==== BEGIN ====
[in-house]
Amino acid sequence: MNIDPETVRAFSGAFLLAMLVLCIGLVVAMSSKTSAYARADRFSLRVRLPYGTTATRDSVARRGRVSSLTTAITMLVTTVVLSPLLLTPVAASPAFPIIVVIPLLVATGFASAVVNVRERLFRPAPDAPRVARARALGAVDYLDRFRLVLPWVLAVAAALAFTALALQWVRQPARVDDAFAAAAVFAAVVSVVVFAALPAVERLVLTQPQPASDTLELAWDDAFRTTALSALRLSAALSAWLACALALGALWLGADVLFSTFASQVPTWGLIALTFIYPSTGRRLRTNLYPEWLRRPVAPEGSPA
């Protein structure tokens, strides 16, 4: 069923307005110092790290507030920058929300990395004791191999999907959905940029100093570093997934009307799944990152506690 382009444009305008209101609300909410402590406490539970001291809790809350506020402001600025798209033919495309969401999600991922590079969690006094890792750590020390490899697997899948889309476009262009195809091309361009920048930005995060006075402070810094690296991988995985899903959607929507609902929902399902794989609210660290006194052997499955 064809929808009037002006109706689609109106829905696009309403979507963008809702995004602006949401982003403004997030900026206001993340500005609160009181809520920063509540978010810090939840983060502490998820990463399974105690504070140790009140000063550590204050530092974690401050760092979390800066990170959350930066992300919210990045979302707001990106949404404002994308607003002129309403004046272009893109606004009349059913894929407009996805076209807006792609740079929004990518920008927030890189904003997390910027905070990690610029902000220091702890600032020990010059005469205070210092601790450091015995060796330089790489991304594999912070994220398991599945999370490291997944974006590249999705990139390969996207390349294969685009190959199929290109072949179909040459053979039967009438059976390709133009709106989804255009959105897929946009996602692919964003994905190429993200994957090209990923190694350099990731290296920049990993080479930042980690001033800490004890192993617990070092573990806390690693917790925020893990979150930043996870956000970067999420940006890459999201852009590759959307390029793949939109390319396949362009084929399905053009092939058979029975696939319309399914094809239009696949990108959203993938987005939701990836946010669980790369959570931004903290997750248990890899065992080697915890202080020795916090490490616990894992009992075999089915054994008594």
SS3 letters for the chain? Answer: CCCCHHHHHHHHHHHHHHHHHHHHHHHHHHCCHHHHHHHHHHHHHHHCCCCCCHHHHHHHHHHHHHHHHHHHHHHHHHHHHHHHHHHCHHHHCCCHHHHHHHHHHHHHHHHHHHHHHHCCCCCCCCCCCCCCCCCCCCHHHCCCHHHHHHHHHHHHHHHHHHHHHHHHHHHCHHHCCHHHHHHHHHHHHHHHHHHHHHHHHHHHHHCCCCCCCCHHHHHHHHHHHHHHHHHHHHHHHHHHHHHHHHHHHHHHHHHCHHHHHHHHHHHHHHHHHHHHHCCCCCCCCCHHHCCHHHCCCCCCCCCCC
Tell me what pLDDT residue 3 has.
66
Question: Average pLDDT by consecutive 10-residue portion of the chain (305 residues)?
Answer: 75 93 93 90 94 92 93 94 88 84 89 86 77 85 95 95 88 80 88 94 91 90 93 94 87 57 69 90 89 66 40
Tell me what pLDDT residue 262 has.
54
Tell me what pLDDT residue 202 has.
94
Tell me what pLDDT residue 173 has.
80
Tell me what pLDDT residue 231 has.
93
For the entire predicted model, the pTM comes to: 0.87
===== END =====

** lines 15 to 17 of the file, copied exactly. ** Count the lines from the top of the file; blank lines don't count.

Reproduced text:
Tell me what pLDDT residue 231 has.
93
For the entire predicted model, the pTM comes to: 0.87